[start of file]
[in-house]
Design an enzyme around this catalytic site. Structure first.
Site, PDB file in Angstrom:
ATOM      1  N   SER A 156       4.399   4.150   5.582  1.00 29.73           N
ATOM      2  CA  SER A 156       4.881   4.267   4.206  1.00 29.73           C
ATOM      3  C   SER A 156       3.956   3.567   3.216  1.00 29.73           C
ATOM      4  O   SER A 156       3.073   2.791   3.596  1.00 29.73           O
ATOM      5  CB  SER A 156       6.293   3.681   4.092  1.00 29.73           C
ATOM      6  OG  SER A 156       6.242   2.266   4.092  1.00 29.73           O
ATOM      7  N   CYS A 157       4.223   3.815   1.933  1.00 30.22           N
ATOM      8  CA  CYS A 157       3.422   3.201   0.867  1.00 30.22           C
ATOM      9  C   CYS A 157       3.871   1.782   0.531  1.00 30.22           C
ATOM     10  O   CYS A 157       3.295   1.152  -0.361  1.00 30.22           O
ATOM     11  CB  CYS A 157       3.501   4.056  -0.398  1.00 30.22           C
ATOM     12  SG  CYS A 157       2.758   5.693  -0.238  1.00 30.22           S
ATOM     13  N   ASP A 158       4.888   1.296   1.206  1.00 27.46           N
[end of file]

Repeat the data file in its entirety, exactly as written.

[in-house]
Design an enzyme around this catalytic site. Structure first.
Site, PDB file in Angstrom:
ATOM      1  N   SER A 156       4.399   4.150   5.582  1.00 29.73           N
ATOM      2  CA  SER A 156       4.881   4.267   4.206  1.00 29.73           C
ATOM      3  C   SER A 156       3.956   3.567   3.216  1.00 29.73           C
ATOM      4  O   SER A 156       3.073   2.791   3.596  1.00 29.73           O
ATOM      5  CB  SER A 156       6.293   3.681   4.092  1.00 29.73           C
ATOM      6  OG  SER A 156       6.242   2.266   4.092  1.00 29.73           O
ATOM      7  N   CYS A 157       4.223   3.815   1.933  1.00 30.22           N
ATOM      8  CA  CYS A 157       3.422   3.201   0.867  1.00 30.22           C
ATOM      9  C   CYS A 157       3.871   1.782   0.531  1.00 30.22           C
ATOM     10  O   CYS A 157       3.295   1.152  -0.361  1.00 30.22           O
ATOM     11  CB  CYS A 157       3.501   4.056  -0.398  1.00 30.22           C
ATOM     12  SG  CYS A 157       2.758   5.693  -0.238  1.00 30.22           S
ATOM     13  N   ASP A 158       4.888   1.296   1.206  1.00 27.46           N